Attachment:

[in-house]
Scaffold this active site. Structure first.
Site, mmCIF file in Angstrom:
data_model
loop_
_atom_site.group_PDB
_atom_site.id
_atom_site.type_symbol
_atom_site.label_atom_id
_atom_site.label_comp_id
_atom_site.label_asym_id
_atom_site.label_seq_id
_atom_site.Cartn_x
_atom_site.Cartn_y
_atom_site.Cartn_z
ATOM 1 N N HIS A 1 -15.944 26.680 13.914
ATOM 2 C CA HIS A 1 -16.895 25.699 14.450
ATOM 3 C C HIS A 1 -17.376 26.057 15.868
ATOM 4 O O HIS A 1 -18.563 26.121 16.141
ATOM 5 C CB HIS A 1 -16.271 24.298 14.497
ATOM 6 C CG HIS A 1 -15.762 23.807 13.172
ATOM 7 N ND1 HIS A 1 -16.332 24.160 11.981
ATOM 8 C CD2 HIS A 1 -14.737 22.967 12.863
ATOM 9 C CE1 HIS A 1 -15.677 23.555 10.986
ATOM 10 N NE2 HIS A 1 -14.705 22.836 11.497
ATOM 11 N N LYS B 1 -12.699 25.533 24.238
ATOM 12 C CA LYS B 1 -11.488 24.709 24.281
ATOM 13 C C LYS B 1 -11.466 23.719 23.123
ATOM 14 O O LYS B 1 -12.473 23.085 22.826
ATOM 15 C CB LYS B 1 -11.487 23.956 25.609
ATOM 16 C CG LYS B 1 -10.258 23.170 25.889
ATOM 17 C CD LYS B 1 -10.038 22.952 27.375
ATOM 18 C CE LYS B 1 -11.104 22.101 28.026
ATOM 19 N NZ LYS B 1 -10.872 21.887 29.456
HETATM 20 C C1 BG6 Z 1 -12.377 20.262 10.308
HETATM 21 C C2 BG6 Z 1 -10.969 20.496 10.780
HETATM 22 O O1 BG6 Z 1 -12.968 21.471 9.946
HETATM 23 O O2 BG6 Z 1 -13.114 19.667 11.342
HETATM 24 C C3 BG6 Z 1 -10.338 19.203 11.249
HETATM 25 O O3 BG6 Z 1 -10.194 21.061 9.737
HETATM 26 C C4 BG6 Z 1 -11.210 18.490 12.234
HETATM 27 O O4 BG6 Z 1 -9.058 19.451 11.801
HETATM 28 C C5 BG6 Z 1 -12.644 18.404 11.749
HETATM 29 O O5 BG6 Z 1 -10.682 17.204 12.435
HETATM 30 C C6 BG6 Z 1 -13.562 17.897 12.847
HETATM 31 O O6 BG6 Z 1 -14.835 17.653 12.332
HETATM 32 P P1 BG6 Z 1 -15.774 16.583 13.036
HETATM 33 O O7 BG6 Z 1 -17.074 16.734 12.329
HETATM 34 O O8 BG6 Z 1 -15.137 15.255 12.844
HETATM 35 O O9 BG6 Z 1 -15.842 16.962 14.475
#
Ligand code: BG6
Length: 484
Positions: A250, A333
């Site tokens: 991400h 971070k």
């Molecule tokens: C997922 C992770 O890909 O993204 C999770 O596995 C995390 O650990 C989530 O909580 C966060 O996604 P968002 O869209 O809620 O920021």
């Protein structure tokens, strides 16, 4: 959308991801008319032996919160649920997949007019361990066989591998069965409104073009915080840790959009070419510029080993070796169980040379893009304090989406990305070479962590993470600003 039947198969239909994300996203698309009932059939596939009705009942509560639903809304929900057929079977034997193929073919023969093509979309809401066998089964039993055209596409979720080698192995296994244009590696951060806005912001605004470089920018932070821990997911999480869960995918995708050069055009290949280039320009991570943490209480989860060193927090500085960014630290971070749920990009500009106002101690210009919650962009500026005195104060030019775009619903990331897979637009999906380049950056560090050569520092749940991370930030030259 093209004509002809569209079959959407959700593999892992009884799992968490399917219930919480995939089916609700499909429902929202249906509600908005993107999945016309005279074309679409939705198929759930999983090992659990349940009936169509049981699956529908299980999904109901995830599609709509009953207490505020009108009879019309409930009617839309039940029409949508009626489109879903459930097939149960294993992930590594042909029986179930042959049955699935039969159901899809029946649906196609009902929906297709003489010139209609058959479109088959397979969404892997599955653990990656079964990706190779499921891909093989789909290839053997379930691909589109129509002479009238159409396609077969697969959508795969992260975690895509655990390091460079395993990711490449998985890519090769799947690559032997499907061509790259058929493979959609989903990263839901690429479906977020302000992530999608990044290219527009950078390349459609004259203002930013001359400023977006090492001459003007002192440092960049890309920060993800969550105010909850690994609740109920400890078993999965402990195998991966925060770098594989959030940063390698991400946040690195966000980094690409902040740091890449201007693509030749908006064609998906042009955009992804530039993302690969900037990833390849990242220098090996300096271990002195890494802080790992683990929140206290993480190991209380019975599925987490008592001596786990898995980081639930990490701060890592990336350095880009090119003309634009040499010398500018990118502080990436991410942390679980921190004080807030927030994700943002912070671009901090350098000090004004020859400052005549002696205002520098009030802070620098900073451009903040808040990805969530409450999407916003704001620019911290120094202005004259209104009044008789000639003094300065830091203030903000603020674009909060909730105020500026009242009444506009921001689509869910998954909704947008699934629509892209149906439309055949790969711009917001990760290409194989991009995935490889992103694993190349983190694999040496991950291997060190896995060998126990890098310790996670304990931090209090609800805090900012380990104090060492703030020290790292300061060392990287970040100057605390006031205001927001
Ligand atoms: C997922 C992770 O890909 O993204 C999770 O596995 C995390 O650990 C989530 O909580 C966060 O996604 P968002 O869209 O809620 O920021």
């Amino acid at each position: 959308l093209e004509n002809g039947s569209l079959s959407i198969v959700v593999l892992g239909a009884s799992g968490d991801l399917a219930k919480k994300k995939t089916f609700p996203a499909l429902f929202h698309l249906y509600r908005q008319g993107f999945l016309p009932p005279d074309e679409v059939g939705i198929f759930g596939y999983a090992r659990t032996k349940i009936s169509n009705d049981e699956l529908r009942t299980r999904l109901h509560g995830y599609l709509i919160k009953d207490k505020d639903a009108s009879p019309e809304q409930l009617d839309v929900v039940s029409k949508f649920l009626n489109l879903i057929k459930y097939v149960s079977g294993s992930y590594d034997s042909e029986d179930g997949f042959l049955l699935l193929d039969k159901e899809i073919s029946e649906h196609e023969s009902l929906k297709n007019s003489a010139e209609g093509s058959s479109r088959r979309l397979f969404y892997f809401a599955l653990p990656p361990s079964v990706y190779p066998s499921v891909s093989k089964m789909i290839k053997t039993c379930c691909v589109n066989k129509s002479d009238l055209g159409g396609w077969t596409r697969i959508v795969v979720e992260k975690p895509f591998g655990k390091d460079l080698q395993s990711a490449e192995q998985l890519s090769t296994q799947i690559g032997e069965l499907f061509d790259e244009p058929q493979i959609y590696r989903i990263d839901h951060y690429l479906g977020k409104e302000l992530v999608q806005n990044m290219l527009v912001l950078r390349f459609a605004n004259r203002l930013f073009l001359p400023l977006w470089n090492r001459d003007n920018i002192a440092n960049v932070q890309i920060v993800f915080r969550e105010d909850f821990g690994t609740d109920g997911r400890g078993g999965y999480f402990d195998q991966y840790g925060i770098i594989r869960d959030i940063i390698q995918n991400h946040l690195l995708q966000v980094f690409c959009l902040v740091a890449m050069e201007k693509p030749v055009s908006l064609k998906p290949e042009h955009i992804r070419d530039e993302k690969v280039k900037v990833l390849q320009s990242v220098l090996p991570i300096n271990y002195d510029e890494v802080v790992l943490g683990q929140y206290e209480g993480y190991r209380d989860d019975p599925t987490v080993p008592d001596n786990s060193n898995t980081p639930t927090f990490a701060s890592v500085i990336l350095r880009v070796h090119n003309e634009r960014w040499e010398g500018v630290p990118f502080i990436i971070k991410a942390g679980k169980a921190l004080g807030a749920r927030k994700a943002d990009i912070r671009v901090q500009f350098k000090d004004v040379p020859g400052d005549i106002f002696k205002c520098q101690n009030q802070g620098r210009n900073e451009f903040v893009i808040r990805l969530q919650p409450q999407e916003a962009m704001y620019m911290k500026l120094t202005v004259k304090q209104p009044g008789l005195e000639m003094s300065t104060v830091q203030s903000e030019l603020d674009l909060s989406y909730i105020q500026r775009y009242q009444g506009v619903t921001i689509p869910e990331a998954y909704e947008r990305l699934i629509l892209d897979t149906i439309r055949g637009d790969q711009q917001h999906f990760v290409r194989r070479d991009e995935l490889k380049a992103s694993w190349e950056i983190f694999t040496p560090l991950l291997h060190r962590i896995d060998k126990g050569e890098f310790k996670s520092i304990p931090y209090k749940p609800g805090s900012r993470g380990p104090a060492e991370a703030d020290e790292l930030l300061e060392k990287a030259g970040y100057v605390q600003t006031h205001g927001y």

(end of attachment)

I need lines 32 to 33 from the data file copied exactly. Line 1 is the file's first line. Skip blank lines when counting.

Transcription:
ATOM 17 C CD LYS B 1 -10.038 22.952 27.375
ATOM 18 C CE LYS B 1 -11.104 22.101 28.026